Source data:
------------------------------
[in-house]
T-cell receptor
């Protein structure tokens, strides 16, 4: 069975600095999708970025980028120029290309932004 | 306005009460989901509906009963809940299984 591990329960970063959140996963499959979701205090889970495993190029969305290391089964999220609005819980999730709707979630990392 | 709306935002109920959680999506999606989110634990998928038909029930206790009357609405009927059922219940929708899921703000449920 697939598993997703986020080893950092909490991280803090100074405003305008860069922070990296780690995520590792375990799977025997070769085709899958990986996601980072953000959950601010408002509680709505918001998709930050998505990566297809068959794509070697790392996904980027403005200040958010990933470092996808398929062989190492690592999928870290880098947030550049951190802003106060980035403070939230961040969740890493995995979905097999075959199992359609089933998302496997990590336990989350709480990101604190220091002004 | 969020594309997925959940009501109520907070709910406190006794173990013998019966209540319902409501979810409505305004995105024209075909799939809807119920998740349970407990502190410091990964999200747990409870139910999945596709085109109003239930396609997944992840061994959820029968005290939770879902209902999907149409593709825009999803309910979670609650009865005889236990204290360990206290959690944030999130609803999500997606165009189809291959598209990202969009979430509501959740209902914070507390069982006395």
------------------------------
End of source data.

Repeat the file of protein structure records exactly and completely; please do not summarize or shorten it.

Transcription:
[in-house]
T-cell receptor
């Protein structure tokens, strides 16, 4: 069975600095999708970025980028120029290309932004 | 306005009460989901509906009963809940299984 591990329960970063959140996963499959979701205090889970495993190029969305290391089964999220609005819980999730709707979630990392 | 709306935002109920959680999506999606989110634990998928038909029930206790009357609405009927059922219940929708899921703000449920 697939598993997703986020080893950092909490991280803090100074405003305008860069922070990296780690995520590792375990799977025997070769085709899958990986996601980072953000959950601010408002509680709505918001998709930050998505990566297809068959794509070697790392996904980027403005200040958010990933470092996808398929062989190492690592999928870290880098947030550049951190802003106060980035403070939230961040969740890493995995979905097999075959199992359609089933998302496997990590336990989350709480990101604190220091002004 | 969020594309997925959940009501109520907070709910406190006794173990013998019966209540319902409501979810409505305004995105024209075909799939809807119920998740349970407990502190410091990964999200747990409870139910999945596709085109109003239930396609997944992840061994959820029968005290939770879902209902999907149409593709825009999803309910979670609650009865005889236990204290360990206290959690944030999130609803999500997606165009189809291959598209990202969009979430509501959740209902914070507390069982006395």